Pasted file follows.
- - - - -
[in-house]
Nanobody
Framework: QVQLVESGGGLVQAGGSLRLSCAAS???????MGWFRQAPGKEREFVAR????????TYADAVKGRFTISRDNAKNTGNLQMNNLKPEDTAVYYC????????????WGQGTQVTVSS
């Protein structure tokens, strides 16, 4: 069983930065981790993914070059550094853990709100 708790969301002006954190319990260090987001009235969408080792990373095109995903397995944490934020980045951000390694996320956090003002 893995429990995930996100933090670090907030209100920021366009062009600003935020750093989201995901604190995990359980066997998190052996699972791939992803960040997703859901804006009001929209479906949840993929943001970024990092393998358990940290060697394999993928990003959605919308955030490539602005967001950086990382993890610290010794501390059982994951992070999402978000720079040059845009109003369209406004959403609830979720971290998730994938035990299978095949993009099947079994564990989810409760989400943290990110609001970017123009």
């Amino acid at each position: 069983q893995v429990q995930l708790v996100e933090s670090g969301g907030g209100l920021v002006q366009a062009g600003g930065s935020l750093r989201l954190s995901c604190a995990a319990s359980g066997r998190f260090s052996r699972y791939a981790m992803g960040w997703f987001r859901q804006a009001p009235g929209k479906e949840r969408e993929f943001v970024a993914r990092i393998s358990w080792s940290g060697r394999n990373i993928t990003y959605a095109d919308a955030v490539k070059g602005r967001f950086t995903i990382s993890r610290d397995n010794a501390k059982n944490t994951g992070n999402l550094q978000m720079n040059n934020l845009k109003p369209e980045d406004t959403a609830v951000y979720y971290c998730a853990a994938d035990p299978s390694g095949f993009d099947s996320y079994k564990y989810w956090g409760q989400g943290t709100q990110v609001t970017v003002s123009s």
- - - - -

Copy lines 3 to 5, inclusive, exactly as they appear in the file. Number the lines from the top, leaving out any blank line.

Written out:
Framework: QVQLVESGGGLVQAGGSLRLSCAAS???????MGWFRQAPGKEREFVAR????????TYADAVKGRFTISRDNAKNTGNLQMNNLKPEDTAVYYC????????????WGQGTQVTVSS
């Protein structure tokens, strides 16, 4: 069983930065981790993914070059550094853990709100 708790969301002006954190319990260090987001009235969408080792990373095109995903397995944490934020980045951000390694996320956090003002 893995429990995930996100933090670090907030209100920021366009062009600003935020750093989201995901604190995990359980066997998190052996699972791939992803960040997703859901804006009001929209479906949840993929943001970024990092393998358990940290060697394999993928990003959605919308955030490539602005967001950086990382993890610290010794501390059982994951992070999402978000720079040059845009109003369209406004959403609830979720971290998730994938035990299978095949993009099947079994564990989810409760989400943290990110609001970017123009």
């Amino acid at each position: 069983q893995v429990q995930l708790v996100e933090s670090g969301g907030g209100l920021v002006q366009a062009g600003g930065s935020l750093r989201l954190s995901c604190a995990a319990s359980g066997r998190f260090s052996r699972y791939a981790m992803g960040w997703f987001r859901q804006a009001p009235g929209k479906e949840r969408e993929f943001v970024a993914r990092i393998s358990w080792s940290g060697r394999n990373i993928t990003y959605a095109d919308a955030v490539k070059g602005r967001f950086t995903i990382s993890r610290d397995n010794a501390k059982n944490t994951g992070n999402l550094q978000m720079n040059n934020l845009k109003p369209e980045d406004t959403a609830v951000y979720y971290c998730a853990a994938d035990p299978s390694g095949f993009d099947s996320y079994k564990y989810w956090g409760q989400g943290t709100q990110v609001t970017v003002s123009s």